Ramadan: Muslims worldwide embrace month of fasting and prayer

“O ye who believe! (The) Fasting is prescribed to you as it was prescribed to those before you, that ye may (learn) self-restraint.”

-The Quran

Mosque lit at night with people gathered

Muslims gather for a Quran reading during Ramadan in Iran. Photo courtesy of Wikimedia Commons

SUNSET TUESDAY, MAY 15: The crescent moon shines in the night sky as Ramadan 2018 begins for Muslims around the globe, ushering in a month of daytime fasting, intense prayer and shared nighttime meals. Though an official moon sighting—and start date of Ramadan—is announced from Saudi Arabia, localized moon sightings may still vary slightly by region. (Learn more here about the crescent moon sighting, vital to the start of Ramadan, from the website of the main North American council of Islamic scholars.)

As the Islamic calendar is lunar, the beginning and end of Ramadan is based on a crescent moon sighting that is typically visible 1-2 days after the astronomical new moon. The end of Ramadan—the ninth month of the Islamic calendar—is met with Eid al-Fitr, a festival of the breaking of the fast. Eid al-Fitr marks the beginning of the next lunar month, Shawwal, and is a time of great feasting and family celebrations.

Quran and blue prayer beads

Photo courtesy of Pxhere


Of every month in the calendar, Muslims hold Ramadan to be the most favorable for the revelations of God to humankind. Specifically, Ramadan recalls the month when the first verses of the Quran were revealed to the Prophet Muhammad. Because the Quran was given to the Prophet during this month, Muslims usually spend more time with the Quran—often visiting mosques and other Muslim centers where the entire Quran will be recited aloud during the course of the month.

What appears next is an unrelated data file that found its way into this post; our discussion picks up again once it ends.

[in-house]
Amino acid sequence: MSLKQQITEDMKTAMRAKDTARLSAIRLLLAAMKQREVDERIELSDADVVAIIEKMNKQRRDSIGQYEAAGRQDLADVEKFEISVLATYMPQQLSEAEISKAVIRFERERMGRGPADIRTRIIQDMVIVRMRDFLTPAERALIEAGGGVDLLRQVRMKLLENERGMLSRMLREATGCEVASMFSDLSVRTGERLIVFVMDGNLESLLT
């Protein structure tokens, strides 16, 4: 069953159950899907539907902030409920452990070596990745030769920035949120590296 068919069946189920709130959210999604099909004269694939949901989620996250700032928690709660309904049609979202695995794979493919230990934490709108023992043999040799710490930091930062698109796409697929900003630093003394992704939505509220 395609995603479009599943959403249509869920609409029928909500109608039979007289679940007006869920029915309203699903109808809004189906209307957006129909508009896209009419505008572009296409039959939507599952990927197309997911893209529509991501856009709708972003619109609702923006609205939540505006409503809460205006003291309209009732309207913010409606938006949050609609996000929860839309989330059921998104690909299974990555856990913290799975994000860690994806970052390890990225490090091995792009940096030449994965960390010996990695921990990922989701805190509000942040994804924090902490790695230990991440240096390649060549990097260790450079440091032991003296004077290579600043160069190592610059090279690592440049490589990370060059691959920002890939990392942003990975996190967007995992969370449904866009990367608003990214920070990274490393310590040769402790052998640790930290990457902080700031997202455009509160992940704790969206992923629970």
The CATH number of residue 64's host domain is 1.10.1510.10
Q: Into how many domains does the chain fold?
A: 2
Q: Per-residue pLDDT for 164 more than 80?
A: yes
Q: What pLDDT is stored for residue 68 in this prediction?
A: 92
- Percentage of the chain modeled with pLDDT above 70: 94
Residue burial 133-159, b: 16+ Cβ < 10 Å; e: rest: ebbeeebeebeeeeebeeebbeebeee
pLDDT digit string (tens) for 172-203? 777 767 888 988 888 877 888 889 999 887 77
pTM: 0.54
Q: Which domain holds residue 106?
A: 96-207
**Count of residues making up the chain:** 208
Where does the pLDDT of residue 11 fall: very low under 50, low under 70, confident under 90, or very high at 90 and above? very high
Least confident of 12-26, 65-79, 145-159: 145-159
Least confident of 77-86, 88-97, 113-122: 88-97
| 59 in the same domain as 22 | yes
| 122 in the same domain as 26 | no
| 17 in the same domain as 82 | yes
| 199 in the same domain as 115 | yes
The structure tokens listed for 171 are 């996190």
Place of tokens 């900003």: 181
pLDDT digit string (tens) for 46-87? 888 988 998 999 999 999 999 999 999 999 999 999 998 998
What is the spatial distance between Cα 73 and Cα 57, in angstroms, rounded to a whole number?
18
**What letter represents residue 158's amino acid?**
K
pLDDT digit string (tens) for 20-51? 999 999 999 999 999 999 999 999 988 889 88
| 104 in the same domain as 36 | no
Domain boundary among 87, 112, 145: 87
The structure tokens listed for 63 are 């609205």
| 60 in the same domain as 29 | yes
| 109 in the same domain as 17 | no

During this special month, devotees also gain a better understanding of the conditions surrounding those less fortunate around the world, and charitable works skyrocket during Ramadan.


Tradition states that God not only suggested fasting, but demanded it for those physically and mentally able. During Ramadan, the ninth month of the Islamic calendar, all able Muslims are required to refrain from eating and drinking during daylight hours in the hopes that they will gain a closer relationship with Allah.

A fast-breaking meal known as Iftar replenishes the body’s food stores after a long day: the meal starts with dates, in the practice of Muhammad himself, followed by a feast prepared for family and friends. (Check out this site for healthy, authentic meal ideas that utilize all five food groups.)

During the night, Muslim countries are alight and alive with lanterns in houses and mosques, lights in public squares and joy all around.


Lanterns lit in public area at night

In Qatar’s Cultural Village, lanterns in the shape of its dovecotes shine during Ramadan. Photo by Omar Chatriwala, courtesy of Flickr

Ramadan trees: A woman near Detroit wanted to make Ramadan seem more celebratory for her children, reports the Detroit Free Press, so she reshaped a Christmas tree into a crescent, added a hanging star—and today, has a wait-list of customers wanting her “Ramadan trees.” Read the story here.

Popular phrases and etiquette: From Dubai, reports are available for 2018: Popular Arabic phrases, etiquette tips, healthy fasting suggestions and a Ramadan 2018 general guide.

Europe’s Ramadan economy: From Ramadan fashion to a countdown calendar and halal lipstick, the Guardian reports on the retail trends expected across Europe for the Muslim holy month during 2018.

From Qatar, #TheLeastWeCanDo: Upward of 500 food and non-food items have lower prices for Ramadan 2018, in accordance with a price list issued by the Ministry of Economy and Commerce (MEC). The initiative is a part of a Ramadan initiative launched by the Ministry under the theme #AqalMinAlWajeb, Arabic of #TheLeastWeCanDo.” (Read the story here.)

Print Friendly, PDF & Email
Comments: (0)
Categories: Muslim

Tell Us What You Think